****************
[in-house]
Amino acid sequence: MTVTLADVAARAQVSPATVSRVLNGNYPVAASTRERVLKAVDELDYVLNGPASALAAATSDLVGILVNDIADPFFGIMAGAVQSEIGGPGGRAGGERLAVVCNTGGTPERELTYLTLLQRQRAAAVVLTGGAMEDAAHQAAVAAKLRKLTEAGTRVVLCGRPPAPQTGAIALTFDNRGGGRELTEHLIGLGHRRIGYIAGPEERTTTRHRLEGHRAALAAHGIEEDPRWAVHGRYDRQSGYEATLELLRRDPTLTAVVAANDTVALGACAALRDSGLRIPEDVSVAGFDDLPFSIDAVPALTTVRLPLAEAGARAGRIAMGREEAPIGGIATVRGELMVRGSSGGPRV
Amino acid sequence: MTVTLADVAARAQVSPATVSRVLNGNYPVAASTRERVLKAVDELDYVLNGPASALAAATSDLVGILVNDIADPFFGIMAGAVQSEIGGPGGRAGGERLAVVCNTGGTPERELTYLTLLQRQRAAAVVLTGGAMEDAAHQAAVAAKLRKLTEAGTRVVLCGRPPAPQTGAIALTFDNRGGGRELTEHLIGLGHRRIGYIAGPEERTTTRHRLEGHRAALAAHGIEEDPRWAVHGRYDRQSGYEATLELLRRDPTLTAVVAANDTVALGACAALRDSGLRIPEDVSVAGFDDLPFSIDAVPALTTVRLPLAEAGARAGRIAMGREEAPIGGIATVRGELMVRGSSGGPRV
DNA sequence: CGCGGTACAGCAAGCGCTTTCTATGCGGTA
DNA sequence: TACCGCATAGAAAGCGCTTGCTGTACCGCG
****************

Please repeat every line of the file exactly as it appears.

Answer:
[in-house]
Amino acid sequence: MTVTLADVAARAQVSPATVSRVLNGNYPVAASTRERVLKAVDELDYVLNGPASALAAATSDLVGILVNDIADPFFGIMAGAVQSEIGGPGGRAGGERLAVVCNTGGTPERELTYLTLLQRQRAAAVVLTGGAMEDAAHQAAVAAKLRKLTEAGTRVVLCGRPPAPQTGAIALTFDNRGGGRELTEHLIGLGHRRIGYIAGPEERTTTRHRLEGHRAALAAHGIEEDPRWAVHGRYDRQSGYEATLELLRRDPTLTAVVAANDTVALGACAALRDSGLRIPEDVSVAGFDDLPFSIDAVPALTTVRLPLAEAGARAGRIAMGREEAPIGGIATVRGELMVRGSSGGPRV
Amino acid sequence: MTVTLADVAARAQVSPATVSRVLNGNYPVAASTRERVLKAVDELDYVLNGPASALAAATSDLVGILVNDIADPFFGIMAGAVQSEIGGPGGRAGGERLAVVCNTGGTPERELTYLTLLQRQRAAAVVLTGGAMEDAAHQAAVAAKLRKLTEAGTRVVLCGRPPAPQTGAIALTFDNRGGGRELTEHLIGLGHRRIGYIAGPEERTTTRHRLEGHRAALAAHGIEEDPRWAVHGRYDRQSGYEATLELLRRDPTLTAVVAANDTVALGACAALRDSGLRIPEDVSVAGFDDLPFSIDAVPALTTVRLPLAEAGARAGRIAMGREEAPIGGIATVRGELMVRGSSGGPRV
DNA sequence: CGCGGTACAGCAAGCGCTTTCTATGCGGTA
DNA sequence: TACCGCATAGAAAGCGCTTGCTGTACCGCG